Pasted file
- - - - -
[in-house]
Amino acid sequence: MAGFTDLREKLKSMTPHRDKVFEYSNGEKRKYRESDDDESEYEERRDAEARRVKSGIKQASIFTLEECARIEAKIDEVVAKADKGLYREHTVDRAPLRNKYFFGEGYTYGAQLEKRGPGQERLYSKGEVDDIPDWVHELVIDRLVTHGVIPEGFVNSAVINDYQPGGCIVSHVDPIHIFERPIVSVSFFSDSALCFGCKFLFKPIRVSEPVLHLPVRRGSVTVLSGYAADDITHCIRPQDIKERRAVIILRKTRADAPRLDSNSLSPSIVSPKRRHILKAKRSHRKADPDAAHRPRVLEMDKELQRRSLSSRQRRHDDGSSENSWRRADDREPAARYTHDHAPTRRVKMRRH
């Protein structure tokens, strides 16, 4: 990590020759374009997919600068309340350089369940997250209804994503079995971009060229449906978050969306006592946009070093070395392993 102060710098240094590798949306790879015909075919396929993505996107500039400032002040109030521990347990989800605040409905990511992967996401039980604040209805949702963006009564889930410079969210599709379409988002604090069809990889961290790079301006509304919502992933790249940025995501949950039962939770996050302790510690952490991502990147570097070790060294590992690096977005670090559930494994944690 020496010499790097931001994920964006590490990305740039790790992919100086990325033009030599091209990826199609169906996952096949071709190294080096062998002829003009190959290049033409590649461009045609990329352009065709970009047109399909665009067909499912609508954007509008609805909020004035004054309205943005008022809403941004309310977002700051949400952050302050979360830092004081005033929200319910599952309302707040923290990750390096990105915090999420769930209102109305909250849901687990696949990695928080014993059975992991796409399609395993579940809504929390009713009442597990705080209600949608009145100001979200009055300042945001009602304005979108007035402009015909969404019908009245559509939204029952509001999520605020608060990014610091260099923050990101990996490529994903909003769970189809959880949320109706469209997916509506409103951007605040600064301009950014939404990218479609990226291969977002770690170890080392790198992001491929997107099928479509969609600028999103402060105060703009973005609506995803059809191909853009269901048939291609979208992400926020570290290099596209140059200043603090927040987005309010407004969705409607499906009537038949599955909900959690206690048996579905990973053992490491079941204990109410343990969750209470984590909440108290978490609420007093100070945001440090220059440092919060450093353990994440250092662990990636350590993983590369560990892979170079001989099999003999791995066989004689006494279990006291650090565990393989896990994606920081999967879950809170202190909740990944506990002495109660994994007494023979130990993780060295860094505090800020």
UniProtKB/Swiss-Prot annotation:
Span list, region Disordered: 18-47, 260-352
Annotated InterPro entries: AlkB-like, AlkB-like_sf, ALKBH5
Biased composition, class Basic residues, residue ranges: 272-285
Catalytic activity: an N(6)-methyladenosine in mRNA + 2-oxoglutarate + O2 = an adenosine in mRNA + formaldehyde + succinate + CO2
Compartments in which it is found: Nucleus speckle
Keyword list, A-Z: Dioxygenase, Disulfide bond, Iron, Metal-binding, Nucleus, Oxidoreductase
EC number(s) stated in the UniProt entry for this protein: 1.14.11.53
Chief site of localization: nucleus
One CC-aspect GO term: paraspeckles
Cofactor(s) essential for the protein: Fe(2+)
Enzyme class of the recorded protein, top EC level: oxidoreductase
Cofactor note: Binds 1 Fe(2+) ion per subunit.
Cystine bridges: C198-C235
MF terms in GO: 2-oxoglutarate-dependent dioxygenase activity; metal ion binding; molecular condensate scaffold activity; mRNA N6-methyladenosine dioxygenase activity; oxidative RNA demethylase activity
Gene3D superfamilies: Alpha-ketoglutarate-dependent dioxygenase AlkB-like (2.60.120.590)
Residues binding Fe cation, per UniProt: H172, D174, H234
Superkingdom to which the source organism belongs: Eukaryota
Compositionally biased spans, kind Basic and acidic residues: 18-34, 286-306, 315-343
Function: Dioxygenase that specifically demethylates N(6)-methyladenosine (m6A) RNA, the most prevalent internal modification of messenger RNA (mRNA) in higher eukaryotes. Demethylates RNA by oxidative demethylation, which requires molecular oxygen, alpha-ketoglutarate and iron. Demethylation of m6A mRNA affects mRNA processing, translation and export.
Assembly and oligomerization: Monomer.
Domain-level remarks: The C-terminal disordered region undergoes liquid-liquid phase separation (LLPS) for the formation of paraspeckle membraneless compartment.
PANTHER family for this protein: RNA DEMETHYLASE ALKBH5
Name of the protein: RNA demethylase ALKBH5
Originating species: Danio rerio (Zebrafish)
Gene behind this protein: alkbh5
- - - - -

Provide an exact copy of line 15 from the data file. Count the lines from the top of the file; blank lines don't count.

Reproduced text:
Enzyme class of the recorded protein, top EC level: oxidoreductase